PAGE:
Syria, Faith, and the Constitution

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Syria, Faith, and the Constitution

Rev. Ryan M. EllerExecutive Director, Define American Read on the Huffington Post Not everything in America has to be about Republican and Democrat. There are times when it should simply be about humanity, and about how we define what it means to be an American through …

Rev. Ryan M. Eller
Executive Director, Define American

Read on the Huffington Post

Not everything in America has to be about Republican and Democrat. There are times when it should simply be about humanity, and about how we define what it means to be an American through our collective values – values forged along the path to liberty. Times like when the images of drowned children washed up on a beach shake us to our core and beg us to ask, “How can I help?”

In 1885, the people of France, our first ally, gifted us with the Liberty Enlightening the World statue, what we now commonly call the Statue of Liberty. It has stood in our most prominent harbor for generations, proudly proclaiming:

“Give me your tired, your poor, Your huddled masses yearning to breathe free, The wretched refuse of your teeming shore. Send these, the homeless, tempest-tossed to me, I lift my lamp beside the golden door!”

Until the 1950s, it served alongside Ellis Island as a welcoming center for millions of our ancestors, who came (often with no documentation whatsoever) seeking refuge and a chance to achieve the “American Dream.”  

Contrary to common myth, we haven’t always been a welcoming nation. Each time we’ve attempted to shut people out in the past, it’s been out of fear of the “other.” During WWII, most Americans were opposed to opening our doors to Jewish refugees. Those we did let in contributed to the development of our nation in immeasurable ways – the likes of Albert Einstein and Secretary Madeleine Albright were among them.

Politicians refusing to welcome Syrian refugees can certainly claim they are doing so out of expediency and fear. But what they can’t claim is that they are doing so in alignment with their faith, or to protect the safety of all of their constituents. For those of us who are Christians, every Sunday we raise our hands and loudly proclaim our allegiance to Jesus Christ, our Lord and Savior, who was once a Middle Eastern refugee fleeing violent persecution.

Almost every major religion mandates being a welcomer:

Hebrew Bible: “The strangers who sojourn with you shall be to you as the natives among you, and you shall love them as yourself; for you were strangers in the land of Egypt.” – Leviticus 19:33-34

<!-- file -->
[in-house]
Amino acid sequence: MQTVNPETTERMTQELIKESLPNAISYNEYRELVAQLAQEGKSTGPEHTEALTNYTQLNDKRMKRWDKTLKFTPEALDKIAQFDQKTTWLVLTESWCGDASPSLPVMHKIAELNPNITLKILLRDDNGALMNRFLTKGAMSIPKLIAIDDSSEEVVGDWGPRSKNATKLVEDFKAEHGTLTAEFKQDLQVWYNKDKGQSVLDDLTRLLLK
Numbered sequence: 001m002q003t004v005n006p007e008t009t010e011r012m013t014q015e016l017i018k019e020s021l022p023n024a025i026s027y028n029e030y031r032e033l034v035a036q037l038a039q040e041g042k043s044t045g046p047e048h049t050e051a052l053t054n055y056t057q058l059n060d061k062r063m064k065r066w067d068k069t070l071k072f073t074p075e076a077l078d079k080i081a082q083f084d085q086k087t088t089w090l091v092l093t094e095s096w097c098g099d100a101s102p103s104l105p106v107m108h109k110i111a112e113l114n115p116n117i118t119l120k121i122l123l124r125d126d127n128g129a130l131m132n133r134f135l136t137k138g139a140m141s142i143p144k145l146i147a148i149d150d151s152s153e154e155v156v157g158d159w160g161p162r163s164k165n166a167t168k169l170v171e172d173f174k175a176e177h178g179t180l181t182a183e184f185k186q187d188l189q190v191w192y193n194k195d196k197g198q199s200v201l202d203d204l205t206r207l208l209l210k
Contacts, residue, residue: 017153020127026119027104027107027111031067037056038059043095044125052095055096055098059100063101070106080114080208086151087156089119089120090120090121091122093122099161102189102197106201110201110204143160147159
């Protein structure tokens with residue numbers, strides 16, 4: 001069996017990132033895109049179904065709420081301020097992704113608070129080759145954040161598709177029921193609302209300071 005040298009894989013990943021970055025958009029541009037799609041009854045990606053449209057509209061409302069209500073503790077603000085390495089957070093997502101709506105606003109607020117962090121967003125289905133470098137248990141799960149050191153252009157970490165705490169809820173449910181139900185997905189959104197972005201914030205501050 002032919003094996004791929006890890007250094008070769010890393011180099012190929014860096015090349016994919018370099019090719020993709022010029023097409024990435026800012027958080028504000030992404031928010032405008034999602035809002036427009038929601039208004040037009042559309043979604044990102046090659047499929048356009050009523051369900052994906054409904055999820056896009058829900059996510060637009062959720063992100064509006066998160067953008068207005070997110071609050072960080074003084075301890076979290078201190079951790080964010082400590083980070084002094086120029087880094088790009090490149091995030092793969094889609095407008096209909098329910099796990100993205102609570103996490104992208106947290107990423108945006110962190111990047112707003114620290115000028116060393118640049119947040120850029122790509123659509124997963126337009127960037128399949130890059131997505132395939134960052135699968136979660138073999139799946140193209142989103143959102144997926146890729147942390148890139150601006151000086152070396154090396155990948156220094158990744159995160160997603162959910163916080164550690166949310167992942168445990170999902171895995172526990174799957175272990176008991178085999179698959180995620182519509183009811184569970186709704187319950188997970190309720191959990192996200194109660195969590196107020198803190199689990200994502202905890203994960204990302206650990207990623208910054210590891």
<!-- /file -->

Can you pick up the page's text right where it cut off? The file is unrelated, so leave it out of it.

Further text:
New Testament: “Do not neglect to show hospitality to strangers, for thereby some have entertained angels unawares.” – Hebrews 13:2

Qur’an: “And do good unto your parents, and near of kin, and unto orphans, and the needy, and the neighbor from among your own people, and the neighbor who is a stranger, and the friend by your side, and the wayfarer…” – An-Nisa 4:36

Of course, in light of the horrific terrorist attacks over the weekend in Paris, it is right that officials here in the U.S. and abroad would evaluate security measures. Unfortunately, some leaders, including presidential candidates, are calling for security measures that would undermine our commitment to religious freedom and beat back decades of slow, painful progress towards ethnic inclusion.

If the politicians suggesting we keep Syrian refugees out were doing so out of concern for the safety of their constituents, they’d have taken measures to root out domestic terrorists of every faith – like the KKK – long ago. The KKK and its allies over the decades is responsible for slaughtering thousands of Americans, and as recently as this year influenced mass shootings and church burnings on our soil. On the contrary, according to The Economist, since 2001 the US has admitted roughly 750,000 refugees, and in all that time, zero have been accused of involvement in domestic terrorism aimed at the US homeland. When we react out of fear, particularly fear rooted in religious or ethnic prejudice, we run the risk of ignoring our role in the creation of global politics. Without the US invasion of Iraq in 2003, there would have been no al-Qaeda in Iraq, and al-Qaeda offshoots like ISIL wouldn’t have had the opportunity to fill a power vacuum. Moreover, from the knowledge we have at present, the attackers were not refugees. They were born in Europe. The Syrian passport found near one of them was a fake.

Let’s also be clear that while “breaking news” of governors who are “closing their borders to Syrian refugees” has dominated the airwaves in the past few days, by law governors do not have that authority. According to PBS NewsHour, under the Refugee Act of 1980, “President Obama has explicit statutory authorization to accept foreign refugees into the United States.” Simply put, suggesting that we not accept refugees in this instance due to their faith or nation of origin is not only a blatant violation of the US Constitution, it’s ethnic discrimination and would cause us to repeat mistakes of our past. In the face of hostility and fear, let’s choose love.

Syrians are experiencing the terror and brutality of ISIS on a daily basis in their own homes. That’s why so many are risking their lives to flee Syria and seek refuge in Europe or North America. We must continue to be welcomers. Our values, our Constitution, and our humanity demand it of us.

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